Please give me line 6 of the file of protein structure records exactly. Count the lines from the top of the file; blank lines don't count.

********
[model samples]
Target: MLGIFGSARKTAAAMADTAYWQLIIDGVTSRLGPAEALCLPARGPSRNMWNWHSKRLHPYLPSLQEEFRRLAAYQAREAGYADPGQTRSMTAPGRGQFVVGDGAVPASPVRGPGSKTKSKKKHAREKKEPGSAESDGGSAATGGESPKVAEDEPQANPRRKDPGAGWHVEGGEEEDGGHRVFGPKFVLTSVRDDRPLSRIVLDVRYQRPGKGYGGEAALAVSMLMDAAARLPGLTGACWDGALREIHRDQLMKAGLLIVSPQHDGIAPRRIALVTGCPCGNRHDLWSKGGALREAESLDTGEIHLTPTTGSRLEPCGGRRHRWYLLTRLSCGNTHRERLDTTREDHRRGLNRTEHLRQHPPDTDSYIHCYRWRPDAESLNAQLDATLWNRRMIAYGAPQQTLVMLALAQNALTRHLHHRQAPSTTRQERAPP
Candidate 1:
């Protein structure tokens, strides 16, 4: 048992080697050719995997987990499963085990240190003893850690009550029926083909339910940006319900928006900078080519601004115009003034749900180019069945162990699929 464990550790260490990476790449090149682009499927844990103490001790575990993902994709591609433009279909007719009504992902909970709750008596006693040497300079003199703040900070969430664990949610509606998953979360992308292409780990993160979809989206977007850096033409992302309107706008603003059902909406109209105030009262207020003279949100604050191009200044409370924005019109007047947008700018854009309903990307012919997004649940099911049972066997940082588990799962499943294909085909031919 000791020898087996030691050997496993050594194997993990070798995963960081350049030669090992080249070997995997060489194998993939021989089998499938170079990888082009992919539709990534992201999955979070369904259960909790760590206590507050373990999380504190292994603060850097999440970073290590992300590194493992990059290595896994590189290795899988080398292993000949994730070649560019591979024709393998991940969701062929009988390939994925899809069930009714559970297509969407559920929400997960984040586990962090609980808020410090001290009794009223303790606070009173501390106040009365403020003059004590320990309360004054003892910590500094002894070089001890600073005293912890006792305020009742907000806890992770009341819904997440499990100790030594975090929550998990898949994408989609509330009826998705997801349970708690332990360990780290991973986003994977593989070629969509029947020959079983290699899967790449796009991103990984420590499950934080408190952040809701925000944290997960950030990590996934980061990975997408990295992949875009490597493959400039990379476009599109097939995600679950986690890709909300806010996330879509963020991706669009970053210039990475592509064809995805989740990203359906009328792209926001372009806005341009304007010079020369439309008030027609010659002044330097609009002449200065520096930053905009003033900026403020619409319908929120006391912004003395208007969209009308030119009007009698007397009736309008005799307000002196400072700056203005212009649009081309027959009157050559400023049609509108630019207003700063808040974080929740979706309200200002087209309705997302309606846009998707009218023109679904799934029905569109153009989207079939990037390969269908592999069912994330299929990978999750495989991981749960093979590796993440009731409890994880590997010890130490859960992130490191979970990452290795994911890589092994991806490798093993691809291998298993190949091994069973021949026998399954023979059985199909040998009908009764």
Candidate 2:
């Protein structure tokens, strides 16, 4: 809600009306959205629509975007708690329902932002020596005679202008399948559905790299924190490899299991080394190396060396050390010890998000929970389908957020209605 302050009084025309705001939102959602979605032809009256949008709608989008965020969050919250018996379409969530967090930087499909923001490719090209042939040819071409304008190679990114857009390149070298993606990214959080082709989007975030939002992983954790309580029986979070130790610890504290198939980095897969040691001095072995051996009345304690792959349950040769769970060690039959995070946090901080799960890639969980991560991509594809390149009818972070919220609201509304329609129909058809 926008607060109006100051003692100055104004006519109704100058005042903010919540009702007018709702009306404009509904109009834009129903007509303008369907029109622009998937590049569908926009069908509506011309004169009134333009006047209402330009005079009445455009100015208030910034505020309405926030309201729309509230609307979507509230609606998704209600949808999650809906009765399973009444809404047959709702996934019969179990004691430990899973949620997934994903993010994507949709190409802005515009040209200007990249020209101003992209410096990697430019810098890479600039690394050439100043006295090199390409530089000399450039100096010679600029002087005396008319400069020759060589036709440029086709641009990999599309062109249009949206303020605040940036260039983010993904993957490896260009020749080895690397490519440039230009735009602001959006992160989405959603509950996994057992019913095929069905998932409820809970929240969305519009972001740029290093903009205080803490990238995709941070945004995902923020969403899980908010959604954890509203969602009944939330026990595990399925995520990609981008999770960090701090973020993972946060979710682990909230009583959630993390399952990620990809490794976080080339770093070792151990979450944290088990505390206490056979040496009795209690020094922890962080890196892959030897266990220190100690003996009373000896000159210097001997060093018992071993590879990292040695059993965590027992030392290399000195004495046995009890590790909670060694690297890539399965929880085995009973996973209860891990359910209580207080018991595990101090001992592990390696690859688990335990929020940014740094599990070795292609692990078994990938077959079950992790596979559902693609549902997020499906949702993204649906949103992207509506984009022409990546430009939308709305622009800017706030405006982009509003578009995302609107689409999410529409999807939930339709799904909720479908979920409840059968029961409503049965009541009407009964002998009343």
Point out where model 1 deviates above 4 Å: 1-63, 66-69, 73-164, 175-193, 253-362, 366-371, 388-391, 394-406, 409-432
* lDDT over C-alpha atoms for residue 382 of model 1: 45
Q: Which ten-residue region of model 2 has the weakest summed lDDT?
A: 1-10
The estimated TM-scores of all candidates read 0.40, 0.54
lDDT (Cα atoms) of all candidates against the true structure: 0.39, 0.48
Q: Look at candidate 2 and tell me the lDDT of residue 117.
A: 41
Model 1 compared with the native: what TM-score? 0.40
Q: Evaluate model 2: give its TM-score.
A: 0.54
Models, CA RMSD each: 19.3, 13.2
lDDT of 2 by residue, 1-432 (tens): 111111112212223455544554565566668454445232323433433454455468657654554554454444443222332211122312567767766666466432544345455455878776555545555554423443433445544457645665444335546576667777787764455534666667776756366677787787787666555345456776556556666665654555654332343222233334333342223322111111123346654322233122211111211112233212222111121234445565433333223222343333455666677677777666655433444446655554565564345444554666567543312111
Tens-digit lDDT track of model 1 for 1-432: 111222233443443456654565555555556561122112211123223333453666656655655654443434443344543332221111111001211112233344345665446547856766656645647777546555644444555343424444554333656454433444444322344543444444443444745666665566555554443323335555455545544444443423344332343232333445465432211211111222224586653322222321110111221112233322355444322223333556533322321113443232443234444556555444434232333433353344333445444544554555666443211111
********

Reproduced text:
């Protein structure tokens, strides 16, 4: 809600009306959205629509975007708690329902932002020596005679202008399948559905790299924190490899299991080394190396060396050390010890998000929970389908957020209605 302050009084025309705001939102959602979605032809009256949008709608989008965020969050919250018996379409969530967090930087499909923001490719090209042939040819071409304008190679990114857009390149070298993606990214959080082709989007975030939002992983954790309580029986979070130790610890504290198939980095897969040691001095072995051996009345304690792959349950040769769970060690039959995070946090901080799960890639969980991560991509594809390149009818972070919220609201509304329609129909058809 926008607060109006100051003692100055104004006519109704100058005042903010919540009702007018709702009306404009509904109009834009129903007509303008369907029109622009998937590049569908926009069908509506011309004169009134333009006047209402330009005079009445455009100015208030910034505020309405926030309201729309509230609307979507509230609606998704209600949808999650809906009765399973009444809404047959709702996934019969179990004691430990899973949620997934994903993010994507949709190409802005515009040209200007990249020209101003992209410096990697430019810098890479600039690394050439100043006295090199390409530089000399450039100096010679600029002087005396008319400069020759060589036709440029086709641009990999599309062109249009949206303020605040940036260039983010993904993957490896260009020749080895690397490519440039230009735009602001959006992160989405959603509950996994057992019913095929069905998932409820809970929240969305519009972001740029290093903009205080803490990238995709941070945004995902923020969403899980908010959604954890509203969602009944939330026990595990399925995520990609981008999770960090701090973020993972946060979710682990909230009583959630993390399952990620990809490794976080080339770093070792151990979450944290088990505390206490056979040496009795209690020094922890962080890196892959030897266990220190100690003996009373000896000159210097001997060093018992071993590879990292040695059993965590027992030392290399000195004495046995009890590790909670060694690297890539399965929880085995009973996973209860891990359910209580207080018991595990101090001992592990390696690859688990335990929020940014740094599990070795292609692990078994990938077959079950992790596979559902693609549902997020499906949702993204649906949103992207509506984009022409990546430009939308709305622009800017706030405006982009509003578009995302609107689409999410529409999807939930339709799904909720479908979920409840059968029961409503049965009541009407009964002998009343």